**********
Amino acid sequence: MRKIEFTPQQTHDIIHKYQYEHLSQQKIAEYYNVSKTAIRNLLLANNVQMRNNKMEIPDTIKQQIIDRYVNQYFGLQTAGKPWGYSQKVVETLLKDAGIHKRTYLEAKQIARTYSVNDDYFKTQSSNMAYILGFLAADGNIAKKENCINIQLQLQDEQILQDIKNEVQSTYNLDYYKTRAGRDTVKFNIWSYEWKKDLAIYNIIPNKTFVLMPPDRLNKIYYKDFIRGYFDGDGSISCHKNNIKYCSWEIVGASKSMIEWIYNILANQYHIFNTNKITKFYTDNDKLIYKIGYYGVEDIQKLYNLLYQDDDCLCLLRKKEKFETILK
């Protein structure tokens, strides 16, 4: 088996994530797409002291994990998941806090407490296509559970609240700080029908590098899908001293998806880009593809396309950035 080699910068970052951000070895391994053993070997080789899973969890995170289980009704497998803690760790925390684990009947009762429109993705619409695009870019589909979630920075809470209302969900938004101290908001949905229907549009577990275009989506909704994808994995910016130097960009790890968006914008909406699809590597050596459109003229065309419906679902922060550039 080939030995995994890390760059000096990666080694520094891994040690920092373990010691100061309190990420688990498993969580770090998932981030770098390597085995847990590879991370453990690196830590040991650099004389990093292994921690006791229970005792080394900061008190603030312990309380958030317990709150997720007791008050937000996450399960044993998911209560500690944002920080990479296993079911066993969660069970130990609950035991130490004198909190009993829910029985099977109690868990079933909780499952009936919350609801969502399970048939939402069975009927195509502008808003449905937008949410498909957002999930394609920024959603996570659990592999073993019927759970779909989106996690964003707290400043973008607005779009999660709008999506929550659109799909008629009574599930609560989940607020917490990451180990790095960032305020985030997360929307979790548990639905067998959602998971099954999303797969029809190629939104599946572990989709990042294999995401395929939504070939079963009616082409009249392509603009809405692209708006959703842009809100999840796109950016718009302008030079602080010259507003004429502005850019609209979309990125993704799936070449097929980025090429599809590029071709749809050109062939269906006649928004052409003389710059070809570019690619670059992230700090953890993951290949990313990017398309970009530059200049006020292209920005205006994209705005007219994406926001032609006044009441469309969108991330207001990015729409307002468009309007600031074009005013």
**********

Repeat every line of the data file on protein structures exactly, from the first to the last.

Amino acid sequence: MRKIEFTPQQTHDIIHKYQYEHLSQQKIAEYYNVSKTAIRNLLLANNVQMRNNKMEIPDTIKQQIIDRYVNQYFGLQTAGKPWGYSQKVVETLLKDAGIHKRTYLEAKQIARTYSVNDDYFKTQSSNMAYILGFLAADGNIAKKENCINIQLQLQDEQILQDIKNEVQSTYNLDYYKTRAGRDTVKFNIWSYEWKKDLAIYNIIPNKTFVLMPPDRLNKIYYKDFIRGYFDGDGSISCHKNNIKYCSWEIVGASKSMIEWIYNILANQYHIFNTNKITKFYTDNDKLIYKIGYYGVEDIQKLYNLLYQDDDCLCLLRKKEKFETILK
């Protein structure tokens, strides 16, 4: 088996994530797409002291994990998941806090407490296509559970609240700080029908590098899908001293998806880009593809396309950035 080699910068970052951000070895391994053993070997080789899973969890995170289980009704497998803690760790925390684990009947009762429109993705619409695009870019589909979630920075809470209302969900938004101290908001949905229907549009577990275009989506909704994808994995910016130097960009790890968006914008909406699809590597050596459109003229065309419906679902922060550039 080939030995995994890390760059000096990666080694520094891994040690920092373990010691100061309190990420688990498993969580770090998932981030770098390597085995847990590879991370453990690196830590040991650099004389990093292994921690006791229970005792080394900061008190603030312990309380958030317990709150997720007791008050937000996450399960044993998911209560500690944002920080990479296993079911066993969660069970130990609950035991130490004198909190009993829910029985099977109690868990079933909780499952009936919350609801969502399970048939939402069975009927195509502008808003449905937008949410498909957002999930394609920024959603996570659990592999073993019927759970779909989106996690964003707290400043973008607005779009999660709008999506929550659109799909008629009574599930609560989940607020917490990451180990790095960032305020985030997360929307979790548990639905067998959602998971099954999303797969029809190629939104599946572990989709990042294999995401395929939504070939079963009616082409009249392509603009809405692209708006959703842009809100999840796109950016718009302008030079602080010259507003004429502005850019609209979309990125993704799936070449097929980025090429599809590029071709749809050109062939269906006649928004052409003389710059070809570019690619670059992230700090953890993951290949990313990017398309970009530059200049006020292209920005205006994209705005007219994406926001032609006044009441469309969108991330207001990015729409307002468009309007600031074009005013």